5 Top Tips to get yourself out of trouble in the outdoors
Posted on Aug 01, 2013 by Simon Coker
This is Part 2 of a 2 part blog about your safety in the outdoors. You can check out Part 1 Stay Safe in the Outdoors here. In the first article Wilderness Scotland guide and Mountain Rescue Team member Simon Coker looked at some preparations for heading into the wilderness and now here are his 5 Top Tips to get yourself out of trouble in the outdoors.
Part 2: Get yourself out of trouble in the outdoors
Even the best prepared adventurers will find themselves in a sticky situation every now and again, whether it’s due to circumstances outside their control or just letting their guard down. Here are 5 Top Tips to get yourself out of trouble in the outdoors once something has gone a bit wrong.
The overriding theme here is to maintain clear thinking and, as mentioned in the previous article, prevent minor mishaps escalating into full blown incidents through decisive action. Should you find yourself with your plan starting to fall apart and events spiralling out of control, these top tips will help to manage the situation:
1) Hit the Pause button
It may seem the least obvious thing to do when you find yourself benighted on the top of a hill or attending to a fallen bikers broken arm miles from anywhere but the time taken to pause and check the basics is well worth it. This means, at an appropriate opportunity, taking 5 minutes to detach yourself from events and ensure the basic human needs are being met i.e. everyone is warm (where a group shelter is an invaluable piece of kit), fed and watered. Do this and you’ll think clearly rather than blundering on into further mistakes.
- Pack a group shelter
2) Get Some Perspective
Once your basic physiological needs are taken care of, make time to take stock of the situation you find yourself in and discuss (either with companions or yourself!) the options open to you. What these will completely depend on the situation but those that are simple and most directly get you back to a point where you can regroup and take control of the situation are the most desirable. The other stuff, such as getting back to the car, can be sorted out from there. Having assessed the options, make a plan, agree on it and put it into action. Including timings in your plan helps keep track of progress as an incident progresses and it may be helpful to write these down.
- Pack a pen and small notebook
3) Get Assistance Early
If the situation genuinely demands it, no rescue service resents being called on – that is what they are there for. They will also be happy to be made aware of potential situations developing that may need their assistance if the party are not able to extract themselves from their predicament. It is far simpler from a Search and Rescue (SAR) perspective to go in with a small team to a known location and nature of incident than launch a major search when a group does not return. When you make contact with the emergency services prepare the information you need to pass on beforehand. This should include as much detail as feasible in terms of persons involved, nature of any injuries, location and equipment you have. This is where having registered your phone with the 112 emergency text service may come in very handy.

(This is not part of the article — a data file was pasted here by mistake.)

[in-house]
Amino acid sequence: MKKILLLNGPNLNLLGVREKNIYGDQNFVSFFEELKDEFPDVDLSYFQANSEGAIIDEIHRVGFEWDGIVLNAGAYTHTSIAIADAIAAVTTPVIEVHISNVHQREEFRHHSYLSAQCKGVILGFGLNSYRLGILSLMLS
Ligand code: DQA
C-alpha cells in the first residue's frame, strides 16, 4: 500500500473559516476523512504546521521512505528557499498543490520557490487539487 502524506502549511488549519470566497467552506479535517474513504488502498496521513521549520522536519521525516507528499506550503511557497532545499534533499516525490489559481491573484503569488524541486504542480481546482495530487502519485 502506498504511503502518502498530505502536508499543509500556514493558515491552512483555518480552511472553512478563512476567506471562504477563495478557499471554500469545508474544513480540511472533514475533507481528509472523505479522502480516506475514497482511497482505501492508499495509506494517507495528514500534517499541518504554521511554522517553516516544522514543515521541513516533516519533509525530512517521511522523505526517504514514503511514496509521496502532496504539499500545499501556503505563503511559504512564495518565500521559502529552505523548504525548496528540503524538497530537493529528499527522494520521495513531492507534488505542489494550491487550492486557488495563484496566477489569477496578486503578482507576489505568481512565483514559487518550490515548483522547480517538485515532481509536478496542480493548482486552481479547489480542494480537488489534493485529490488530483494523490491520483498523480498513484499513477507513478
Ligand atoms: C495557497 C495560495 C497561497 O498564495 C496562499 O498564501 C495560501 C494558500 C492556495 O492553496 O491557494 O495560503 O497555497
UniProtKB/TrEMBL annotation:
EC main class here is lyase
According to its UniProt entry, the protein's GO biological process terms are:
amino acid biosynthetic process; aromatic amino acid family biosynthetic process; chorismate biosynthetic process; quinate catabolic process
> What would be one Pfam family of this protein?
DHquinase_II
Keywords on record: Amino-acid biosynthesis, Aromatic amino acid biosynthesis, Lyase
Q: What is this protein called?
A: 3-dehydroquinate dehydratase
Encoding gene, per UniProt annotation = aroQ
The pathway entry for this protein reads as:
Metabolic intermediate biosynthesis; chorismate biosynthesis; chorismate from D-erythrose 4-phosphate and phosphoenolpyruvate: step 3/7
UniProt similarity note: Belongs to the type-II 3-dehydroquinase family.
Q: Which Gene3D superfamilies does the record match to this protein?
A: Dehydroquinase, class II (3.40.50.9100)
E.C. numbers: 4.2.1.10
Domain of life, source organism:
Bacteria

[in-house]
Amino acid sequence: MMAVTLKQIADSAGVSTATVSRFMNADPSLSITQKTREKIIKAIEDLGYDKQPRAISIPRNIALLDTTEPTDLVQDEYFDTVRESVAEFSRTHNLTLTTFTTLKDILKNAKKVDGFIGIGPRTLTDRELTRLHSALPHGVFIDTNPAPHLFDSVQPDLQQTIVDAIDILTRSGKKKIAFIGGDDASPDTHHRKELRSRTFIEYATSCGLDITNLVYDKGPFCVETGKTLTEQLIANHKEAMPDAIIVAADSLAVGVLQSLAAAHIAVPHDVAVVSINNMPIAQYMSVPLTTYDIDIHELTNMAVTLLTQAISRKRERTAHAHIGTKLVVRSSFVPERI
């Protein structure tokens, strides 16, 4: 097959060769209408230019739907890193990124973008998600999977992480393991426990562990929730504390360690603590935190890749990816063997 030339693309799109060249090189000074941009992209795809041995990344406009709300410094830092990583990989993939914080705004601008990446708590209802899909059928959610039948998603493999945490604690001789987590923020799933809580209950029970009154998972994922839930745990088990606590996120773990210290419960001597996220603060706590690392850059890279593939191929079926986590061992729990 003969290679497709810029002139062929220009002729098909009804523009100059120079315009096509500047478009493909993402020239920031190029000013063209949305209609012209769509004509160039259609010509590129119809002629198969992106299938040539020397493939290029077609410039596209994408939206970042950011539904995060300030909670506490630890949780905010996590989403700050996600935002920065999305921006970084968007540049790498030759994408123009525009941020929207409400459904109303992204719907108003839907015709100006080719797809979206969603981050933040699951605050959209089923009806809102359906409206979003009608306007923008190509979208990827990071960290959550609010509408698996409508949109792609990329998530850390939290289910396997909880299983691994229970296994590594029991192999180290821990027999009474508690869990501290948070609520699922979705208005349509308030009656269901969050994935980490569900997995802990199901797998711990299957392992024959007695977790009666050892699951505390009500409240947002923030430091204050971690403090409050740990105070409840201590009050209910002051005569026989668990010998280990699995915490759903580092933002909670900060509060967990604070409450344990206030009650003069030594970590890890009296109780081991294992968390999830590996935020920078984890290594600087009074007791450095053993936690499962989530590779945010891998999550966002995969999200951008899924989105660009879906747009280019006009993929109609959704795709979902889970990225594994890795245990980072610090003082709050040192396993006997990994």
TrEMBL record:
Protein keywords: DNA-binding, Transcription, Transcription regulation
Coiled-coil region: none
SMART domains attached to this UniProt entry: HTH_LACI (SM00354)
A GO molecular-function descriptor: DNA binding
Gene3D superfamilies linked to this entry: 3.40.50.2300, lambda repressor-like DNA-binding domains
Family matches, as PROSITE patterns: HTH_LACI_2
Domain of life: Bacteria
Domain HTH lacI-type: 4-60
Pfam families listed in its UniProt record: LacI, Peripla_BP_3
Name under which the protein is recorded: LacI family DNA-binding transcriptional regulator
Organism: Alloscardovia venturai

- Pack your mobile phone and register with 112 emergency text service
4) Keep Warm
The energy draining power of the elements should not be underestimated. This particularly applies to the wind which saps the warmth out of you at an alarming rate once you are wet and/or your activity level is reduced. So if you’re slowly walking wounded out of the wilderness or waiting for assistance, make sure you and your companions are warm either by adding clothing or seeking shelter; whether it’s behind a boulder or in your trusty orange bivvy bag – get out of the wind. If in the hills the weather often improves dramatically as you descend – which will also help with the final point as it often gets you out of the clouds.
- Pack extra clothing, shelter or bivvy bag
5) Be Visible
A torch is an essential piece of emergency kit year round. Even during daylight it makes you hugely more visible. If you are on the ground, a massively noisy yellow helicopter with flashing lights on it is pretty easy to spot but if you watch any of the TV programmes featuring SAR aircraft you get an idea of how tricky it is to spot people on the ground even when they know where they’re looking. A flashing torch will make you stand out like a sore thumb on that heathery/rocky hillside. A good emergency whistle will alert anyone else in the vicinity that doesn’t have the advantage of elevation that aircraft have to your position. It’s 6 blasts on the whistle and/or 6 flashes of the torch at 1 minute intervals and maintain this until you are talking to your rescuers.
- Pack a torch and emergency whistle
Hopefully all this gloomy talk hasn’t put you off venturing out into the wilds too much but just remember that if that if you do find yourself with your back against the wall the aim is to control the controllables and manage the rest in order to get yourself safely home.
- Tip 6 – There’s plenty of time for apportioning blame once you’re home and dry – no need to get into who’s fault this is until then!
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